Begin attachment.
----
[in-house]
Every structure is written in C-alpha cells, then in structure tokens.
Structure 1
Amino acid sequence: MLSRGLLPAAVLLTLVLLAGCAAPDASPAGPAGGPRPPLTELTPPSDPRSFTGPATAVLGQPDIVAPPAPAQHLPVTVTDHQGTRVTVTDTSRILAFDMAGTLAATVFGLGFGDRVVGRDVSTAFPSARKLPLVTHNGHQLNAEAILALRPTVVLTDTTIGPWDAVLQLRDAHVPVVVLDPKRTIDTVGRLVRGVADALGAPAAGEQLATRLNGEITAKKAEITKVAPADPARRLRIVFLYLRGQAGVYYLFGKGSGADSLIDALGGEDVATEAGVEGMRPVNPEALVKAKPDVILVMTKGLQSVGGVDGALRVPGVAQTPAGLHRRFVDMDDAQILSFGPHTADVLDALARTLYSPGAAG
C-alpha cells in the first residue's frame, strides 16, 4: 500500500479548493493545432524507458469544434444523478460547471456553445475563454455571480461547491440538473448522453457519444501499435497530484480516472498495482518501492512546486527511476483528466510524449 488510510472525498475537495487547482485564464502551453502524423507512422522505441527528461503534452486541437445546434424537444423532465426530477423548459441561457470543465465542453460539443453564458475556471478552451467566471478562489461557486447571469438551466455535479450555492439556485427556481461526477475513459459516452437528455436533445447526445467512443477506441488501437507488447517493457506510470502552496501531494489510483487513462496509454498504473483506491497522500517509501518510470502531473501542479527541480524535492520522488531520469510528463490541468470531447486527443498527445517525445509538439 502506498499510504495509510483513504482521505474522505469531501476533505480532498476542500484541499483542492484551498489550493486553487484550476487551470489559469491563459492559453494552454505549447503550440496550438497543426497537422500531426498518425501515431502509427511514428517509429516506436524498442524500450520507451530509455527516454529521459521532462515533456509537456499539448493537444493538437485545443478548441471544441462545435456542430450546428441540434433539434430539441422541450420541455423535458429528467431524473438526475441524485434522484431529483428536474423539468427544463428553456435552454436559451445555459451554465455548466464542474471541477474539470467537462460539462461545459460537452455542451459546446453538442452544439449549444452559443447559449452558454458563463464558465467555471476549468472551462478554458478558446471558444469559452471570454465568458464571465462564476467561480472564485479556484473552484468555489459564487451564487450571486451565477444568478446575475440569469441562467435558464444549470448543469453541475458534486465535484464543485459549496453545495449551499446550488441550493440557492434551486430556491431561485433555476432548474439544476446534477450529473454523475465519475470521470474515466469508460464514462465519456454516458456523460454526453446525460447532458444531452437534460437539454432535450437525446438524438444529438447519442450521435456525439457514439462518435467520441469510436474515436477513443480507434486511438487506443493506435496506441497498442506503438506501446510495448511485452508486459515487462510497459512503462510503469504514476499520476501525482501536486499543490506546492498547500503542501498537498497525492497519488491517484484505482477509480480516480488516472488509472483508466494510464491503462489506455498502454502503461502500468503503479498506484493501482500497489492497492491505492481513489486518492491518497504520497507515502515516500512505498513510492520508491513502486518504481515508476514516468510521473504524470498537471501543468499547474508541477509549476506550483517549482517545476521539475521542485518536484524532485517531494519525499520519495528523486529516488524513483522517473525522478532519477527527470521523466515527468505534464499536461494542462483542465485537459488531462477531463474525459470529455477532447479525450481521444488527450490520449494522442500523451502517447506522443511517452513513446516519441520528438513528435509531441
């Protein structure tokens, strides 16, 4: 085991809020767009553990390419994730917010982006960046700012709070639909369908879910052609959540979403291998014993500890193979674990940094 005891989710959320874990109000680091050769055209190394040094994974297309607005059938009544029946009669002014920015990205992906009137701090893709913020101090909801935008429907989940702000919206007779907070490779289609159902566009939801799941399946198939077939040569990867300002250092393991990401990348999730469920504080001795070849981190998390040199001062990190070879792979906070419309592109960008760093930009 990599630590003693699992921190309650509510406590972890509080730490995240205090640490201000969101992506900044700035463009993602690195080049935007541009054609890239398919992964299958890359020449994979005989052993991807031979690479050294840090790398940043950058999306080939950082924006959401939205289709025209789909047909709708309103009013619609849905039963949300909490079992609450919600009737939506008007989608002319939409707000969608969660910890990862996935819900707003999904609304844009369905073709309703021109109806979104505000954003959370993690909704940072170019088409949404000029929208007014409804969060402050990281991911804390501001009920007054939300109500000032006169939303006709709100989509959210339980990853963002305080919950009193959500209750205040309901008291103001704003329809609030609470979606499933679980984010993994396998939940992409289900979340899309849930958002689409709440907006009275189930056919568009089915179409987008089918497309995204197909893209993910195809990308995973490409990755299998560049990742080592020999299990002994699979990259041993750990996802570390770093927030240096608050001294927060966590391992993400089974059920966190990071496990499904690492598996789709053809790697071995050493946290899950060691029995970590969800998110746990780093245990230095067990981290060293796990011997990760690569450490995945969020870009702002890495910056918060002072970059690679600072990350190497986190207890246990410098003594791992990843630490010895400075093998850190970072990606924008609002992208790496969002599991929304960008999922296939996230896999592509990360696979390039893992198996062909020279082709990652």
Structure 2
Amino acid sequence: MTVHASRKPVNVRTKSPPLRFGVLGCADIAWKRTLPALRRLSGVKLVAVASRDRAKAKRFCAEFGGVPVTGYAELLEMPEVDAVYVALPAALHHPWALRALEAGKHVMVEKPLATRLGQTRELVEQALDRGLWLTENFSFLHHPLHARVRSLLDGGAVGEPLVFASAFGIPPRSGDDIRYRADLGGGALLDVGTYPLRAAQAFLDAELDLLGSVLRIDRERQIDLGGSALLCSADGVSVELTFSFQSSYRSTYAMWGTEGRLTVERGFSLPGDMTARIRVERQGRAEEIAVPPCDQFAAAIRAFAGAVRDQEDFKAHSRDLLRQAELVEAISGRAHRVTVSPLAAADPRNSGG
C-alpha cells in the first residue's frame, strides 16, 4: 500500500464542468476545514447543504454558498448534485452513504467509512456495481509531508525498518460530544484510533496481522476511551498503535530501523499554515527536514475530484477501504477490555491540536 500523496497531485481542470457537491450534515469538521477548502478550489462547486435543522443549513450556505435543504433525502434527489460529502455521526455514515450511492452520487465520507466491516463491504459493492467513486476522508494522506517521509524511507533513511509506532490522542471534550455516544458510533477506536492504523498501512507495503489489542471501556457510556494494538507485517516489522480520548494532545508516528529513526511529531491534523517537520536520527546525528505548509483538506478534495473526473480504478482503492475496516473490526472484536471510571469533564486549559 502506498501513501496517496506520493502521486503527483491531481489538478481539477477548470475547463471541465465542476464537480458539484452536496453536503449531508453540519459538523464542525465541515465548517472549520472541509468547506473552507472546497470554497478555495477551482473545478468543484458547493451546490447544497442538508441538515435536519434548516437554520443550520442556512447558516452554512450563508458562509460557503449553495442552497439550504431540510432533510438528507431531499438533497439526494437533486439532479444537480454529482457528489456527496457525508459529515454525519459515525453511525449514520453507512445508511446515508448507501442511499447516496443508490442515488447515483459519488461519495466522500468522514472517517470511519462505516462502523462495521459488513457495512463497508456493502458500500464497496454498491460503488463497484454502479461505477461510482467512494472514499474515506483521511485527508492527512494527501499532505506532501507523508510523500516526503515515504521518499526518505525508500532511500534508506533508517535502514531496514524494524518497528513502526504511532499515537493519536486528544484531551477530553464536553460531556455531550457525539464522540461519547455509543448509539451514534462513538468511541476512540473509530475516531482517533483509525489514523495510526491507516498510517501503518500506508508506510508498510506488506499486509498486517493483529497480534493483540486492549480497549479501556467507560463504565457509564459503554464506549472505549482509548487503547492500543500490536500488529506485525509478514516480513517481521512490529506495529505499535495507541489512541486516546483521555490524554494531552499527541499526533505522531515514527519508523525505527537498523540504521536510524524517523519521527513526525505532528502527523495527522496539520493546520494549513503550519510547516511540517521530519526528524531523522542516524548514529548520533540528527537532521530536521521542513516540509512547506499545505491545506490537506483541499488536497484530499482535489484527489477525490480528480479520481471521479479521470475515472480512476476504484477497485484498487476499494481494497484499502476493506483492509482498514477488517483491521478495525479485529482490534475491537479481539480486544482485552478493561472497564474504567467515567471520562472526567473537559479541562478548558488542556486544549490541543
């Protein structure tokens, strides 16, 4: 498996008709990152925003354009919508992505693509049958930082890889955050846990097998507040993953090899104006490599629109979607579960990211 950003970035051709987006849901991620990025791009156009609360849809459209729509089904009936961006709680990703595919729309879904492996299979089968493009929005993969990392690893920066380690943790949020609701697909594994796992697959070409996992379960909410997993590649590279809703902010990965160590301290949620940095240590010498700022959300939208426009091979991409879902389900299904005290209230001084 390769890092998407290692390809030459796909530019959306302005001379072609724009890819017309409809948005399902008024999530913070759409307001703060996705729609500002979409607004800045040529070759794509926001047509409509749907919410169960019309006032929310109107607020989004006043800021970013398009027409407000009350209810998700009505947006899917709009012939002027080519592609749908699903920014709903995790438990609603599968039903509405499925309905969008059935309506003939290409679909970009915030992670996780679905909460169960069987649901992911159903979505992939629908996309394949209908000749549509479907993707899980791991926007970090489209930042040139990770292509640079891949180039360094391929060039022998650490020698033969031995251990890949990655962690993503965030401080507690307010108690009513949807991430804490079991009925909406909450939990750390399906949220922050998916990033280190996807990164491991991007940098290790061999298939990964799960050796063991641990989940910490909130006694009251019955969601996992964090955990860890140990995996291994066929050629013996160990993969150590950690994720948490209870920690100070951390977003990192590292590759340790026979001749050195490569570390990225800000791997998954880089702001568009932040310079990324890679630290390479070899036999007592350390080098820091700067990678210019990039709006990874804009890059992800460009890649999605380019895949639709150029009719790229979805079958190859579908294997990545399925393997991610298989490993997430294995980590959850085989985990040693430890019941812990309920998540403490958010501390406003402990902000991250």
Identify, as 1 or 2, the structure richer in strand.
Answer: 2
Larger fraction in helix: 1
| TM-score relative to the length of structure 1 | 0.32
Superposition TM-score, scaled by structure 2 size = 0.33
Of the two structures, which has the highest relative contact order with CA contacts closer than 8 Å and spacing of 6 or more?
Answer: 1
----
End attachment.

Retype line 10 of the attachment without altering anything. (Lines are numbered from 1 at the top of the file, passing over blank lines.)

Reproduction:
């Protein structure tokens, strides 16, 4: 498996008709990152925003354009919508992505693509049958930082890889955050846990097998507040993953090899104006490599629109979607579960990211 950003970035051709987006849901991620990025791009156009609360849809459209729509089904009936961006709680990703595919729309879904492996299979089968493009929005993969990392690893920066380690943790949020609701697909594994796992697959070409996992379960909410997993590649590279809703902010990965160590301290949620940095240590010498700022959300939208426009091979991409879902389900299904005290209230001084 390769890092998407290692390809030459796909530019959306302005001379072609724009890819017309409809948005399902008024999530913070759409307001703060996705729609500002979409607004800045040529070759794509926001047509409509749907919410169960019309006032929310109107607020989004006043800021970013398009027409407000009350209810998700009505947006899917709009012939002027080519592609749908699903920014709903995790438990609603599968039903509405499925309905969008059935309506003939290409679909970009915030992670996780679905909460169960069987649901992911159903979505992939629908996309394949209908000749549509479907993707899980791991926007970090489209930042040139990770292509640079891949180039360094391929060039022998650490020698033969031995251990890949990655962690993503965030401080507690307010108690009513949807991430804490079991009925909406909450939990750390399906949220922050998916990033280190996807990164491991991007940098290790061999298939990964799960050796063991641990989940910490909130006694009251019955969601996992964090955990860890140990995996291994066929050629013996160990993969150590950690994720948490209870920690100070951390977003990192590292590759340790026979001749050195490569570390990225800000791997998954880089702001568009932040310079990324890679630290390479070899036999007592350390080098820091700067990678210019990039709006990874804009890059992800460009890649999605380019895949639709150029009719790229979805079958190859579908294997990545399925393997991610298989490993997430294995980590959850085989985990040693430890019941812990309920998540403490958010501390406003402990902000991250």